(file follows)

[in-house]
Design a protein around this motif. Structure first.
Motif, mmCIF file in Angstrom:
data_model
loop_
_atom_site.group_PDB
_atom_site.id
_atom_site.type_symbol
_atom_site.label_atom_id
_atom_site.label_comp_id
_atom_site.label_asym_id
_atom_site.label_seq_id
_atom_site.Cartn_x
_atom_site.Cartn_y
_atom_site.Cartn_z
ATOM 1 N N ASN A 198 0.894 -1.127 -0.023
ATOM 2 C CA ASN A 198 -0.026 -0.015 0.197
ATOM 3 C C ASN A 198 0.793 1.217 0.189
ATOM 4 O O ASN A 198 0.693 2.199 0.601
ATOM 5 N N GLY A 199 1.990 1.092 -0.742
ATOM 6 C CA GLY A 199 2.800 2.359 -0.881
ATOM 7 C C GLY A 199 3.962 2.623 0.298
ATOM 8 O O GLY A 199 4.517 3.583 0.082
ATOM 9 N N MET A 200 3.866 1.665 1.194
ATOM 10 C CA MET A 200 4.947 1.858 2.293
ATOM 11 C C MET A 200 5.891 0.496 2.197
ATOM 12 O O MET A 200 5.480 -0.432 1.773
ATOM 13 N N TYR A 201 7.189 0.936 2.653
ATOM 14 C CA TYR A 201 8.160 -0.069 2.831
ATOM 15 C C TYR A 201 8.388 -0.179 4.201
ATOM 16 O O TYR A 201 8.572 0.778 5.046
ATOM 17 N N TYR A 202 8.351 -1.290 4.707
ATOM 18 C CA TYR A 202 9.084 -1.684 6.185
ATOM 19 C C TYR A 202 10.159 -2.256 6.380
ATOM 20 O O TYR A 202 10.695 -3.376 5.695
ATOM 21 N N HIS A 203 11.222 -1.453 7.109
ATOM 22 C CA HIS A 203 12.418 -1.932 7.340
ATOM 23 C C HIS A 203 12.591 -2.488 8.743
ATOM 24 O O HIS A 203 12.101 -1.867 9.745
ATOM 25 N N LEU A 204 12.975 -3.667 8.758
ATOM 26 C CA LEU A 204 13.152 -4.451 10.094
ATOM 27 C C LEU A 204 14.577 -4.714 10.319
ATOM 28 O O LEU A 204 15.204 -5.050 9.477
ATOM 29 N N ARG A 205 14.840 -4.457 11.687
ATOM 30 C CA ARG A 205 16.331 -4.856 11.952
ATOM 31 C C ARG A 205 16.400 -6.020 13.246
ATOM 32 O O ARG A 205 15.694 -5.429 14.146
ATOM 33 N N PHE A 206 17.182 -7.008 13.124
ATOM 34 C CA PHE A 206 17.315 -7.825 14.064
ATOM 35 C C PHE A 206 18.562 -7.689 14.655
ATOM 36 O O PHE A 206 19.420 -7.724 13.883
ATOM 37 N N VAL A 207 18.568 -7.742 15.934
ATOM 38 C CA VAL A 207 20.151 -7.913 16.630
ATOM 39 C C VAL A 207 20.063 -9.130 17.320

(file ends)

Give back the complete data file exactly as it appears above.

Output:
[in-house]
Design a protein around this motif. Structure first.
Motif, mmCIF file in Angstrom:
data_model
loop_
_atom_site.group_PDB
_atom_site.id
_atom_site.type_symbol
_atom_site.label_atom_id
_atom_site.label_comp_id
_atom_site.label_asym_id
_atom_site.label_seq_id
_atom_site.Cartn_x
_atom_site.Cartn_y
_atom_site.Cartn_z
ATOM 1 N N ASN A 198 0.894 -1.127 -0.023
ATOM 2 C CA ASN A 198 -0.026 -0.015 0.197
ATOM 3 C C ASN A 198 0.793 1.217 0.189
ATOM 4 O O ASN A 198 0.693 2.199 0.601
ATOM 5 N N GLY A 199 1.990 1.092 -0.742
ATOM 6 C CA GLY A 199 2.800 2.359 -0.881
ATOM 7 C C GLY A 199 3.962 2.623 0.298
ATOM 8 O O GLY A 199 4.517 3.583 0.082
ATOM 9 N N MET A 200 3.866 1.665 1.194
ATOM 10 C CA MET A 200 4.947 1.858 2.293
ATOM 11 C C MET A 200 5.891 0.496 2.197
ATOM 12 O O MET A 200 5.480 -0.432 1.773
ATOM 13 N N TYR A 201 7.189 0.936 2.653
ATOM 14 C CA TYR A 201 8.160 -0.069 2.831
ATOM 15 C C TYR A 201 8.388 -0.179 4.201
ATOM 16 O O TYR A 201 8.572 0.778 5.046
ATOM 17 N N TYR A 202 8.351 -1.290 4.707
ATOM 18 C CA TYR A 202 9.084 -1.684 6.185
ATOM 19 C C TYR A 202 10.159 -2.256 6.380
ATOM 20 O O TYR A 202 10.695 -3.376 5.695
ATOM 21 N N HIS A 203 11.222 -1.453 7.109
ATOM 22 C CA HIS A 203 12.418 -1.932 7.340
ATOM 23 C C HIS A 203 12.591 -2.488 8.743
ATOM 24 O O HIS A 203 12.101 -1.867 9.745
ATOM 25 N N LEU A 204 12.975 -3.667 8.758
ATOM 26 C CA LEU A 204 13.152 -4.451 10.094
ATOM 27 C C LEU A 204 14.577 -4.714 10.319
ATOM 28 O O LEU A 204 15.204 -5.050 9.477
ATOM 29 N N ARG A 205 14.840 -4.457 11.687
ATOM 30 C CA ARG A 205 16.331 -4.856 11.952
ATOM 31 C C ARG A 205 16.400 -6.020 13.246
ATOM 32 O O ARG A 205 15.694 -5.429 14.146
ATOM 33 N N PHE A 206 17.182 -7.008 13.124
ATOM 34 C CA PHE A 206 17.315 -7.825 14.064
ATOM 35 C C PHE A 206 18.562 -7.689 14.655
ATOM 36 O O PHE A 206 19.420 -7.724 13.883
ATOM 37 N N VAL A 207 18.568 -7.742 15.934
ATOM 38 C CA VAL A 207 20.151 -7.913 16.630
ATOM 39 C C VAL A 207 20.063 -9.130 17.320